I wish the president would go golfing again. Really.
He skipped it Sunday, a beautiful day, because he wanted to show the nation that he now finally understands the bad "optics" of golfing while frightening matters embroil the nation.
Actually, he has always understood optics. He just temporarily stopped caring about them. It was as if he wanted to escape the theatrics of his office, if only for a few weeks.
But he now realizes he can't. He lives in the golden cage of the presidency, and there is no escape from it.
He gave a hangdog interview to Chuck Todd of NBC's "Meet the Press" on Sunday. Here is part of it:
Todd: "During that vacation, you made the statement on (beheaded American journalist James) Foley (and then) you went and golfed. Do you want that back?"
Obama: "I should've anticipated the optics. You know, that's part of the job. ... Part of this job is also the theater of it. A part of it is, you know, how are you — well, it's not something that always comes naturally to me. But it matters."
Oh, gimme a break. Barack Obama has understood the optics and theater of politics since at least Feb. 10, 2007, when he announced he would be running for president before a vast crowd at an outdoor rally on a ferociously cold day in Springfield, Illinois.
"In the shadow of the Old State Capitol, where Lincoln once called on a divided house to stand together, where common hopes and common dreams still live, I stand before you today to announce my candidacy for president of the United States," he said. "I recognize there is a certain presumptuousness in this — a certain audacity to this announcement."
It was the audacity of hope. But today Obama is caught up in the miasma of mope.
He knew he shouldn't have gone golfing after that beheading — just as he knew he shouldn't have gone golfing while tempers in Ferguson, Missouri, were raging.
He knew the optics and the theater, and he didn't care. He was on vacation, and he wanted to believe that a president could actually take a vacation. Which a president can't.
A Washington Post/ABC News poll now shows that the majority of Americans think Obama has been a failure.
Tough noogies. They don't get a mulligan. They elected him and re-elected him. And he will serve, God willing, until January 2017.
But his get-up-and-go appears to have gotten up and gone.
Go back to a packed hotel meeting room on Feb. 2, 2007, just about a week before Obama announces for office. It is a cattle call in front of the Democratic National Committee, and the A-list — Obama, John Edwards and Hillary Clinton — will present their bona fides for the presidency this day.
But Obama's speech is different from the others. "If you look at all the cameras gathered around and the clicking of the photographers, the pundits who are collected, sometimes you feel like you are part of a reality TV show," he says. "I feel like this is 'American Idol' or 'Survivor' and you got to figure out if you're going to go to Hollywood or you're going to be voted off the island. But that's not why I'm here. And that's not why you're here."
This was a man who saw through the game. Which is not the same as winning it.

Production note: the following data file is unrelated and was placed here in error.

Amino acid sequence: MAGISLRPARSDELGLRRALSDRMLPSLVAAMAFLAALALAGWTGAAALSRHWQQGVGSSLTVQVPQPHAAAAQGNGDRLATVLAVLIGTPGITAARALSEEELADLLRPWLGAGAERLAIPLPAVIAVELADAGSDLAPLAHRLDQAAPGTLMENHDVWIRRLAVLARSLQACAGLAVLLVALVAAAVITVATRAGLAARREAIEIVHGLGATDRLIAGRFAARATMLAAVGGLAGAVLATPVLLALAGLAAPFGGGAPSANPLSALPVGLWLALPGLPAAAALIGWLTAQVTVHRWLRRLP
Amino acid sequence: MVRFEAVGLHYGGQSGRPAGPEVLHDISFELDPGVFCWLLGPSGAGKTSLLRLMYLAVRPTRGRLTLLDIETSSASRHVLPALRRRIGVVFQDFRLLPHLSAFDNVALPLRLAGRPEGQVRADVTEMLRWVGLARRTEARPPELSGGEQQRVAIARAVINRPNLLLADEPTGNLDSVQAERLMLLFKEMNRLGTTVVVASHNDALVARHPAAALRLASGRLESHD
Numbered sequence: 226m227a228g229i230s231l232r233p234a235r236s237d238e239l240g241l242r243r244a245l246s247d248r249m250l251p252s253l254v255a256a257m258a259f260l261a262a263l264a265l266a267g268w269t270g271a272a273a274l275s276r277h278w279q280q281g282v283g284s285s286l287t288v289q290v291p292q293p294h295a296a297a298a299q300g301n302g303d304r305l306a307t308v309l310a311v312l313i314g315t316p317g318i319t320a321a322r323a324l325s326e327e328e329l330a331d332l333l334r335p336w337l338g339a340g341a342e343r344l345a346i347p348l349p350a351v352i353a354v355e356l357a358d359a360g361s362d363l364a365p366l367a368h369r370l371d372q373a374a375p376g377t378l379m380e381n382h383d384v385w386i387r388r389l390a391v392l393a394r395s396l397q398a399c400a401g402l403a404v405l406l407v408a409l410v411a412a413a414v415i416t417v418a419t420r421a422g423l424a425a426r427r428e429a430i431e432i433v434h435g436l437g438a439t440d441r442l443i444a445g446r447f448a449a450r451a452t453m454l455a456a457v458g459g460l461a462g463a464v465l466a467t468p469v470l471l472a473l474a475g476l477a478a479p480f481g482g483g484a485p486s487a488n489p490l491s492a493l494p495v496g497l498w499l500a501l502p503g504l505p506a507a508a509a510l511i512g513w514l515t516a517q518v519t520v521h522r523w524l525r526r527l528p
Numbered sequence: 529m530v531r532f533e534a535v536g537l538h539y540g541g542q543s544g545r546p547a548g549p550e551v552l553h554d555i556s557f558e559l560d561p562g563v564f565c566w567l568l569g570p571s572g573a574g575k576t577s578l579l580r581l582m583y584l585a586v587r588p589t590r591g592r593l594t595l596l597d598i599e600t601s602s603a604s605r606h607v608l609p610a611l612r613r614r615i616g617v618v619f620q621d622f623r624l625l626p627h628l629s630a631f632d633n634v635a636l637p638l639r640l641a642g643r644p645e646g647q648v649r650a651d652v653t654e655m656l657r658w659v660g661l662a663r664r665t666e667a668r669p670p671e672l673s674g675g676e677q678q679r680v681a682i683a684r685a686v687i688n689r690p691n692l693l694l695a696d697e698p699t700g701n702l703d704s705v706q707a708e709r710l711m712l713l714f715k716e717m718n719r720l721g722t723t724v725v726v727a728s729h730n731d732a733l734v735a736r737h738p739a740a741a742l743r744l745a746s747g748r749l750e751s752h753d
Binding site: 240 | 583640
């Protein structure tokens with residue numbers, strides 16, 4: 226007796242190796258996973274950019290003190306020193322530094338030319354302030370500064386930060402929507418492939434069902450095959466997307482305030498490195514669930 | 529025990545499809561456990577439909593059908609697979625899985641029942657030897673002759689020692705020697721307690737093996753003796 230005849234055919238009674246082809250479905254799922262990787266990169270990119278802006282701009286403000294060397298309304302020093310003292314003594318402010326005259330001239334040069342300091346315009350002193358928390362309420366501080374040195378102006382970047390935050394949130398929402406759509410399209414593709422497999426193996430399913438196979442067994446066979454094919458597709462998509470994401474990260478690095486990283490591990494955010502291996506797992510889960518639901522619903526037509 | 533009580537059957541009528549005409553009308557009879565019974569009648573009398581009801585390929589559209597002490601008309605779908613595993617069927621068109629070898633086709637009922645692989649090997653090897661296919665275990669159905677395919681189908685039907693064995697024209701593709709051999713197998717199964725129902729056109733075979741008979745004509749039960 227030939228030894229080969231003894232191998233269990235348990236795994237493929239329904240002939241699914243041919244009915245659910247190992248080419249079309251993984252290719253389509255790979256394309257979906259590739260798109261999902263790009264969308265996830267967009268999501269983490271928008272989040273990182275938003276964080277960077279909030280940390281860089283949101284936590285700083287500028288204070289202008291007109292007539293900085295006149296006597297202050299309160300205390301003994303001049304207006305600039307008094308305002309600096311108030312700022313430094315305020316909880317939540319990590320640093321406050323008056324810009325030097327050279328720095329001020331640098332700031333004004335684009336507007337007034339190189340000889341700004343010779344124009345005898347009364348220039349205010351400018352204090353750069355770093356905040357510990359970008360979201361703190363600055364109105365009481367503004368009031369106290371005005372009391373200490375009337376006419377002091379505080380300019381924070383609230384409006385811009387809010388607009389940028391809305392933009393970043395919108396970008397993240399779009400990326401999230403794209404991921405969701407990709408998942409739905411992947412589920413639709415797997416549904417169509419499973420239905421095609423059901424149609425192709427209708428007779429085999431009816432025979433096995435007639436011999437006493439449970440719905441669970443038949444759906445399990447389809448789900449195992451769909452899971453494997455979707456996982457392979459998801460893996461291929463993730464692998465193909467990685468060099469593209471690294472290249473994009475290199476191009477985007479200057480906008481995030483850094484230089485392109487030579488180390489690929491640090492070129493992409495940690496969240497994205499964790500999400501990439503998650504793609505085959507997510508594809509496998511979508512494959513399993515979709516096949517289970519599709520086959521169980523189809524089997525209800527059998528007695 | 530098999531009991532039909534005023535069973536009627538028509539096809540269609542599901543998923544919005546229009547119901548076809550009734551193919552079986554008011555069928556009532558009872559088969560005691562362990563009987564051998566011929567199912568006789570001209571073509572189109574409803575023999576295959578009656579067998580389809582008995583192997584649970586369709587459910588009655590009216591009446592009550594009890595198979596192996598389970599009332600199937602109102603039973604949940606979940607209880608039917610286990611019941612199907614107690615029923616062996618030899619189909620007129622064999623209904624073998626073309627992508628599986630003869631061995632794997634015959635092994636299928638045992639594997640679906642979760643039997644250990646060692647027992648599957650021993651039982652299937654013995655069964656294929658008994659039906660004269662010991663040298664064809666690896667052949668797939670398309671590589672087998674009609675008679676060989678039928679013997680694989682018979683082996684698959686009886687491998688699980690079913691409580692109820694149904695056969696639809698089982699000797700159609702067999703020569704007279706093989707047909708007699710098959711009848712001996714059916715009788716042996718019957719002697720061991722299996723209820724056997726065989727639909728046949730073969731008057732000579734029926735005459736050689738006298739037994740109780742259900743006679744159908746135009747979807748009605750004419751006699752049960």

The institution of the presidency and the public expectations about how a president should act are a force greater than any individual who holds the office.
And the need for a president to be the leader of his party, as well as the leader of the nation — a notion that so horrified George Washington that he warned all successors against it — has now caused Obama to play a game he deplores.
He believes in immigration reform; he wants immigration reform. And he said that he would cut an obstructionist Republican House out of immigration reform by announcing executive actions ... someday — meaning after the November elections.
It is what critics are calling "the fierce urgency of whenever."
All this comes at a time when Obama is off his game. He is like a slugger who suddenly can't hit a curveball.
The Islamic State? The junior varsity.
Syria? A "red line" has been set.
Iraq? "The tide of war is receding."
It has taken a toll. He is still the same man whose rhetoric electrified a nation and a world, but now he appears to be operating at a lower wattage.
And the job has so visibly aged him it is getting scary: the gray hair, the lined face, the suits gapping at the neck.
If John Kennedy demonstrated vigor, Barack Obama is demonstrating something close to exhaustion.
Snap out of it, Mr. President. On Monday, the first lady gave a speech at Booker T. Washington High School in Atlanta. It didn't get a lot of coverage. But in it, she said:
"How do you pick yourself up when you feel like somebody keeps knocking you down over and over and over again? You can start by listening to the words of the man this school is named after.
"Booker T. Washington once said, 'Success is to be measured not so much by the position that one has reached in life as by the obstacles which he has overcome while trying to succeed.'"
Go for it, Mr. President. At your announcement in Springfield, you said: "If you sense, as I sense, that the time is now to shake off our slumber and slough off our fear and make good on the debt we owe past and future generations, then I'm ready to take up the cause and march with you and work with you."
Do it, Mr. President. Your presidency is not over. Your commitment has not ended. Your job is not complete.
You used to say it in Spanish: Sí, se puede. It can be done.